South African Reserve Bank Governor (SARB) Lesetja Kganyago said South Africa would only see interest rate cuts when inflation has sustainably come down to the mid-point of its target range. Many experts believe it will only happen in the second half of 2024.
Kganyago told CNBC Africa that monetary policy decisions are not based solely on the most recent inflation data but also on the inflation outlook. To explain why this is necessary, he pointed to South Africa’s inflation readings in 2023.
The current interest rate hiking cycle started in November 2021, after inflation had started trending upward and CPI inflation reached 5.5% year-on-year.
Inflation kept climbing until it hit its peak at 7.8% in July 2022, when CPI started trending downward.
South Africans rejoiced in June 2023, when CPI inflation fell within the Reserve Bank’s target range of 3% to 6% for the first time in over a year, reaching 5.4%.
The next month, in July 2023, CPI inflation fell even further to 4.7% – very close to the mid-point of the target range around which the Monetary Policy Committee (MPC) intends to anchor inflation expectations.
However, following this low reading, inflation started trending upward again, reaching 5.9% in October.
While inflation came down again slightly in November, Kganyago said this shows that one reading does not provide sufficient reason for the MPC to cut interest rates.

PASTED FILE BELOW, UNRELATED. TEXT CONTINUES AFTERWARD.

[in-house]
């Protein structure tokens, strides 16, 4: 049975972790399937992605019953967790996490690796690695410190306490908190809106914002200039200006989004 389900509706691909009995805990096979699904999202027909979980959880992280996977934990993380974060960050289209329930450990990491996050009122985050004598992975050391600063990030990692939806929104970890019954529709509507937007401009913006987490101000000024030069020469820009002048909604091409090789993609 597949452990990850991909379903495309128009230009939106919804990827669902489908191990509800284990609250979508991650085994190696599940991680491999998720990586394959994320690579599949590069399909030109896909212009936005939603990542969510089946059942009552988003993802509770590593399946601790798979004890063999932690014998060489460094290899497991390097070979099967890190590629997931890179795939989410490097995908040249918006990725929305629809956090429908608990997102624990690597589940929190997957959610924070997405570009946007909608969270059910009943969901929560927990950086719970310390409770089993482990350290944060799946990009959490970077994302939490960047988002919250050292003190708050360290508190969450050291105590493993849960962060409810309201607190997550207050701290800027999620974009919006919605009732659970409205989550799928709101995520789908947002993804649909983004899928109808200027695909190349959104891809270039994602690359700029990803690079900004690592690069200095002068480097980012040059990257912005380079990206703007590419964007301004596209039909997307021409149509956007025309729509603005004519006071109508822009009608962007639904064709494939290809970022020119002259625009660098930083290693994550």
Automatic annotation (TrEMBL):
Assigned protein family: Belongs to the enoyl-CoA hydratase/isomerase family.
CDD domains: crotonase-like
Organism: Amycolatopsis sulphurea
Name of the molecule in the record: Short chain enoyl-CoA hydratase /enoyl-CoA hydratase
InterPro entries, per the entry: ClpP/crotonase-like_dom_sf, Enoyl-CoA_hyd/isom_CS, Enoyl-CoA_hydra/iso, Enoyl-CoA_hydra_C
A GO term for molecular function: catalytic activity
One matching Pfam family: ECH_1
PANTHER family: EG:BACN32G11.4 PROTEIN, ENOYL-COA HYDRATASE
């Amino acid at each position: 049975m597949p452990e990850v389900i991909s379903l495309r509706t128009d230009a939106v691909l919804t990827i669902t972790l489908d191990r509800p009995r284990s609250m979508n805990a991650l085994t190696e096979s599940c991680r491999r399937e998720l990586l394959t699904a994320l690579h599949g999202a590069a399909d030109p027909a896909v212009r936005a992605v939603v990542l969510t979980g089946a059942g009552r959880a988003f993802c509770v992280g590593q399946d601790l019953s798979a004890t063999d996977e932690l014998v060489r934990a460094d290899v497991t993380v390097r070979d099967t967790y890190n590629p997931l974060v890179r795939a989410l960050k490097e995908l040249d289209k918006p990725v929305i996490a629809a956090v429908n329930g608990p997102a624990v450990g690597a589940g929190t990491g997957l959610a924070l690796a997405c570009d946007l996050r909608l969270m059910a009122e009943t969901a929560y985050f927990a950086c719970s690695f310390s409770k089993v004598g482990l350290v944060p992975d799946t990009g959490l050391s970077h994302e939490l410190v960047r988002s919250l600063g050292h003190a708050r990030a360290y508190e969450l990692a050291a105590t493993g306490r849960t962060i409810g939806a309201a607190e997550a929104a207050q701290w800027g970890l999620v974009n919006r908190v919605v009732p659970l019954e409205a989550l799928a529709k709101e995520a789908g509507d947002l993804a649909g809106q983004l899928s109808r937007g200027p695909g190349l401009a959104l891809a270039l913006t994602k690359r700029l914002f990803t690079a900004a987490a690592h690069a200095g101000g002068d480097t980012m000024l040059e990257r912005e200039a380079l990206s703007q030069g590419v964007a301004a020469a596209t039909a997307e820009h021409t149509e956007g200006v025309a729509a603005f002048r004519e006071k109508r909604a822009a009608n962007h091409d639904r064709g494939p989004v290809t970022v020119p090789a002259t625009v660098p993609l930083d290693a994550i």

“Don’t try to figure out what the decision might be based on one monthly figure,” Kganyago warned.
“There’s so much uncertainty out there about the inflation outlook among central bankers, and we are no exception.”
“Yesterday’s and today’s inflation figures do not help determine the monetary policy rate – what matters is what inflation is in the next 12 to 24 months.”
Since the hiking cycle started in November 2021, the MPC has hiked the repo rate by a cumulative 475 basis points, bringing the repo rate to a 14-year high of 8.25%.
However, Kganyago reiterated that the MPC must see inflation decline sustainably to 4.5% and stay there for South Africa to see interest rate cuts.
Many experts expect this to happen in the second half of this year and for South Africa to see its first interest rate cut in July 2024.
Investec chief economist Annabel Bishop forecasts that CPI inflation will reach 4.5% year-on-year in July this year, dip to 3.4% in October, and move back towards 4.0% in December.
Bank of America also expects the MPC to only cut rates in the second half of the year, with the first cut in July.
“The bad news is that the cutting cycle is likely to be shallow – a cumulative 125 basis points over two years to 2025 compared with 475 basis points of hikes from November 2021 to May 2023,” said Bank of America senior economist Tatonga Rusike.